Drugs Information Online
Drugs and diseases reference index

Drugs and diseases reference index

Drugs A-Z List

Diseases & Conditions A-Z List

Herbs & Supplements

Medical Dictionary

Full Article

Popular Drugs

Popular Diseases & Conditions

Drugs reference index «Tolazamide»


Pronunciation: (tole-AZE-uh-mid)Class: Sulfonylurea

Trade Names:Tolazamide- Tablets 100 mg- Tablets 250 mg- Tablets 500 mg


Decreases blood glucose by stimulating release of insulin from pancreas.



Tolazamide T max is 3 to 4 h. The drug is well absorbed from the GI tract.


There are 5 major metabolites ranging in hypoglycemic activity from 0% to 70%.


Tolazamide t ½ is 7 h. Tolazamide is excreted principally in the urine (85%), and 7% in feces over a 5-day period.


Onset of action of tolazamide is 4 to 6 h.


Time to peak effect of tolazamide is 4 to 6 h.


Duration of action is 10 h.

Indications and Usage

Adjunct to diet to lower blood glucose in patients with non–insulin-dependent diabetes mellitus (type 2) whose hyperglycemia cannot be controlled by diet alone.

Unlabeled Uses

Temporary adjunct to insulin therapy in selected patients with non–insulin-dependent diabetes mellitus to improve diabetic control.


Hypersensitivity to sulfonylureas; diabetes complicated by ketoacidosis, with or without coma; sole therapy of insulin-dependent (type 1) diabetes mellitus; gestational diabetes.

Dosage and Administration


PO 100 to 250 mg/day with breakfast or first main meal. If fasting blood sugar (FBS) is less than 200 mg/dL, initial dose is 100 mg/day or if FBS is greater than 200 mg/dL, initial dose is 250 mg/day. In malnourished, underweight, elderly patients use 100 mg/day. May adjust dose by 100 to 250 mg/wk as needed to a maximum of 1000 mg/day. If more than 500 mg/day is required, give in divided doses twice daily. Doses greater than 1 g/day are not likely to improve control.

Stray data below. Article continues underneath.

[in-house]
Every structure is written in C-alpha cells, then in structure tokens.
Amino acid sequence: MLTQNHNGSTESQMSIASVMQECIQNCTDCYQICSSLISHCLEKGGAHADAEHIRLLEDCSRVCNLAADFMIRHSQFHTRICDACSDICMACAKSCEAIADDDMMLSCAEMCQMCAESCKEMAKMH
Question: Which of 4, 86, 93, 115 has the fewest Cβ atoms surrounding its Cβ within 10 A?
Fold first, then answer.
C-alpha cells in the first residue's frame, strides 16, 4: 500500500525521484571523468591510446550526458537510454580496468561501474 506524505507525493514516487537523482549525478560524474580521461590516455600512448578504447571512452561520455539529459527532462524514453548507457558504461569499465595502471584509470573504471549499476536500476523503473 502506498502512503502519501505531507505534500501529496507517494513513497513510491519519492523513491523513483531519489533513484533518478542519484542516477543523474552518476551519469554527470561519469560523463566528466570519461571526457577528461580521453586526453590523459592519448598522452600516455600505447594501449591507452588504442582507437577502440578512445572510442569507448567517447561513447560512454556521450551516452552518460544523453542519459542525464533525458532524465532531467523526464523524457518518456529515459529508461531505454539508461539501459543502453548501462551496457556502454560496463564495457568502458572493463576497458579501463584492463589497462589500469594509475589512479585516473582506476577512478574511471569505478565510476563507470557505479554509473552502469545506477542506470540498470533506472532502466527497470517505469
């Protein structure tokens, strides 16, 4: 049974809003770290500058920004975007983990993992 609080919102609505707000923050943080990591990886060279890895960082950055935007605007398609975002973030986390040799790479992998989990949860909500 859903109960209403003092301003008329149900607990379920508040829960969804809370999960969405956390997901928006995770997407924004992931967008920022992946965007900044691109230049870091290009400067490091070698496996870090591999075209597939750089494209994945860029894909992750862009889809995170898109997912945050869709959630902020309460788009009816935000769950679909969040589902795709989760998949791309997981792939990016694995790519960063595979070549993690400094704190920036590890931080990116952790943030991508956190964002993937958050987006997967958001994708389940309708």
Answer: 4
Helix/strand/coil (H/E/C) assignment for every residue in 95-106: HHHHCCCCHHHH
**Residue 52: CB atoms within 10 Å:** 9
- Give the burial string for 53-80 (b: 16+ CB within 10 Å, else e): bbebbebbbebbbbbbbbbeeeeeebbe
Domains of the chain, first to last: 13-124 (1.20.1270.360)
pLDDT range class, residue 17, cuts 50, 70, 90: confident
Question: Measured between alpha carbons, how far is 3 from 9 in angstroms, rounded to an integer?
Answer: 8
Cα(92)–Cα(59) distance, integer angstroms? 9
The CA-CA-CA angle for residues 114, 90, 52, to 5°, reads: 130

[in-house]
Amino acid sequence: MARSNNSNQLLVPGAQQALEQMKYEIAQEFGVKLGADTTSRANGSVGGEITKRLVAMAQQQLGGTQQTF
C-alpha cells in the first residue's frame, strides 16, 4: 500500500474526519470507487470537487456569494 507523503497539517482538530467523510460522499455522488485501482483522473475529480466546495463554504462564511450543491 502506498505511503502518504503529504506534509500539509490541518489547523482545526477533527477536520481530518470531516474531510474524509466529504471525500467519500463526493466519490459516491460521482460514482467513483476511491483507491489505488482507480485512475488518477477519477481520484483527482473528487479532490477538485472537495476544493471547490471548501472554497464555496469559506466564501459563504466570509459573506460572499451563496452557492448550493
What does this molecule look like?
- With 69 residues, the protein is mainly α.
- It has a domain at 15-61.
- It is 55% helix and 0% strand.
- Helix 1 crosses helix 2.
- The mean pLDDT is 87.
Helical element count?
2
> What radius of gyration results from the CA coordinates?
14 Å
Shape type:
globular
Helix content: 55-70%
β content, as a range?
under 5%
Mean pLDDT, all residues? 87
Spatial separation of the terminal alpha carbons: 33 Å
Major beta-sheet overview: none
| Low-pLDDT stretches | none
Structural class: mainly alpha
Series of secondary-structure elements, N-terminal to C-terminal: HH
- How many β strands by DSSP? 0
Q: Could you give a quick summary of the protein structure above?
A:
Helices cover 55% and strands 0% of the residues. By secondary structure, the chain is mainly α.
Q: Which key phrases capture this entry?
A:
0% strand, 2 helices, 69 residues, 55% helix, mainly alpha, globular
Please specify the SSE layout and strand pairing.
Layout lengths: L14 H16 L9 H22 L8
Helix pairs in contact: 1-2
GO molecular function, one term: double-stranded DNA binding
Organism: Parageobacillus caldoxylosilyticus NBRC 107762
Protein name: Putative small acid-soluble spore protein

Maintenance dose

PO Usual dose is 100 to 1000 mg/day with the average 250 to 500 mg/day. Following initiation of therapy, dosage adjustment is made in increments of 100 to 250 mg at weekly intervals based on patient's blood glucose response.

Drug Interactions

Androgens, anticoagulants, azole antifungals, chloramphenicol, clofibrate, fenfluramine, fluconazole, gemfibrozil, histamine H 2 antagonists, magnesium salts, methyldopa, MAOIs, phenylbutazone, probenecid, salicylates, sulfinpyrazone, sulfonamides, tricyclic antidepressants, urinary acidifiers

Increased hypoglycemic effect.

Beta-blockers, calcium channel blockers, cholestyramine, corticosteroids, diazoxide, estrogens, hydantoins, isoniazid, nicotinic acid, oral contraceptives, phenothiazines, rifampin, sympathomimetics, thiazide diuretics, thyroid agents, urinary alkalinizers

Decreased hypoglycemic effect.


Charcoal can reduce the absorption; depending on clinical situation, this will reduce sulfonylureas efficacy or toxicity.

Digitalis glycosides

Coadministration may result in increased digitalis serum levels.

Laboratory Test Interactions

None well documented.

Adverse Reactions


Increased risk of cardiovascular mortality.


Dizziness; vertigo.